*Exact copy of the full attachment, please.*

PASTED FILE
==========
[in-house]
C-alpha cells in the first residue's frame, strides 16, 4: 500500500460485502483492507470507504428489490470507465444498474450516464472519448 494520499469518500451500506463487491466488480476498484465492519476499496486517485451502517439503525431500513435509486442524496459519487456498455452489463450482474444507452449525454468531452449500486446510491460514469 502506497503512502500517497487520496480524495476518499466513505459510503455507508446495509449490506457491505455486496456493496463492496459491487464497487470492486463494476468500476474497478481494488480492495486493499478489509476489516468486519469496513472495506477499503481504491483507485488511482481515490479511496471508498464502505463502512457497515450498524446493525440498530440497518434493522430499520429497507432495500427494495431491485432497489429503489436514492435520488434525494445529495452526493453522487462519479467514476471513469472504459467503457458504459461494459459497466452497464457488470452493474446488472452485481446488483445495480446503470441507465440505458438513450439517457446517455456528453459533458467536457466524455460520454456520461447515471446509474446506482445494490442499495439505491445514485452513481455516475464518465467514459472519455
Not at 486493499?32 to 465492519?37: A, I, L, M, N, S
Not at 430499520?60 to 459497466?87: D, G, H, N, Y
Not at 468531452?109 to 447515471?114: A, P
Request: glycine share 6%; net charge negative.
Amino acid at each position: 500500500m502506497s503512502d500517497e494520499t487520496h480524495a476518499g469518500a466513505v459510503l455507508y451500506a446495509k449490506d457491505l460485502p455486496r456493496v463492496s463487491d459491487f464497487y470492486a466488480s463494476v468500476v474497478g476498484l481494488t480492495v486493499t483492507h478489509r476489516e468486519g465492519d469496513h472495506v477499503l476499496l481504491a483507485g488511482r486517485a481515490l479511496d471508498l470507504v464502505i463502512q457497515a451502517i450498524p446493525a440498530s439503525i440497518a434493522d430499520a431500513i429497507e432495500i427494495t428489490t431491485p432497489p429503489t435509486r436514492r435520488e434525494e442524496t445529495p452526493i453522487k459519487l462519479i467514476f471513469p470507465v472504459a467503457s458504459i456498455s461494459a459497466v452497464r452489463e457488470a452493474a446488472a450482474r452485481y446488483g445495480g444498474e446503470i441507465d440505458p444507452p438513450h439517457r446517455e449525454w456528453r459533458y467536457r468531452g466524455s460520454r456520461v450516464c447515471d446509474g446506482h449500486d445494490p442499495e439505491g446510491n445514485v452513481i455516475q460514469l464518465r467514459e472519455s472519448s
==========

[in-house]
C-alpha cells in the first residue's frame, strides 16, 4: 500500500460485502483492507470507504428489490470507465444498474450516464472519448 494520499469518500451500506463487491466488480476498484465492519476499496486517485451502517439503525431500513435509486442524496459519487456498455452489463450482474444507452449525454468531452449500486446510491460514469 502506497503512502500517497487520496480524495476518499466513505459510503455507508446495509449490506457491505455486496456493496463492496459491487464497487470492486463494476468500476474497478481494488480492495486493499478489509476489516468486519469496513472495506477499503481504491483507485488511482481515490479511496471508498464502505463502512457497515450498524446493525440498530440497518434493522430499520429497507432495500427494495431491485432497489429503489436514492435520488434525494445529495452526493453522487462519479467514476471513469472504459467503457458504459461494459459497466452497464457488470452493474446488472452485481446488483445495480446503470441507465440505458438513450439517457446517455456528453459533458467536457466524455460520454456520461447515471446509474446506482445494490442499495439505491445514485452513481455516475464518465467514459472519455
Not at 486493499?32 to 465492519?37: A, I, L, M, N, S
Not at 430499520?60 to 459497466?87: D, G, H, N, Y
Not at 468531452?109 to 447515471?114: A, P
Request: glycine share 6%; net charge negative.
Amino acid at each position: 500500500m502506497s503512502d500517497e494520499t487520496h480524495a476518499g469518500a466513505v459510503l455507508y451500506a446495509k449490506d457491505l460485502p455486496r456493496v463492496s463487491d459491487f464497487y470492486a466488480s463494476v468500476v474497478g476498484l481494488t480492495v486493499t483492507h478489509r476489516e468486519g465492519d469496513h472495506v477499503l476499496l481504491a483507485g488511482r486517485a481515490l479511496d471508498l470507504v464502505i463502512q457497515a451502517i450498524p446493525a440498530s439503525i440497518a434493522d430499520a431500513i429497507e432495500i427494495t428489490t431491485p432497489p429503489t435509486r436514492r435520488e434525494e442524496t445529495p452526493i453522487k459519487l462519479i467514476f471513469p470507465v472504459a467503457s458504459i456498455s461494459a459497466v452497464r452489463e457488470a452493474a446488472a450482474r452485481y446488483g445495480g444498474e446503470i441507465d440505458p444507452p438513450h439517457r446517455e449525454w456528453r459533458y467536457r468531452g466524455s460520454r456520461v450516464c447515471d446509474g446506482h449500486d445494490p442499495e439505491g446510491n445514485v452513481i455516475q460514469l464518465r467514459e472519455s472519448s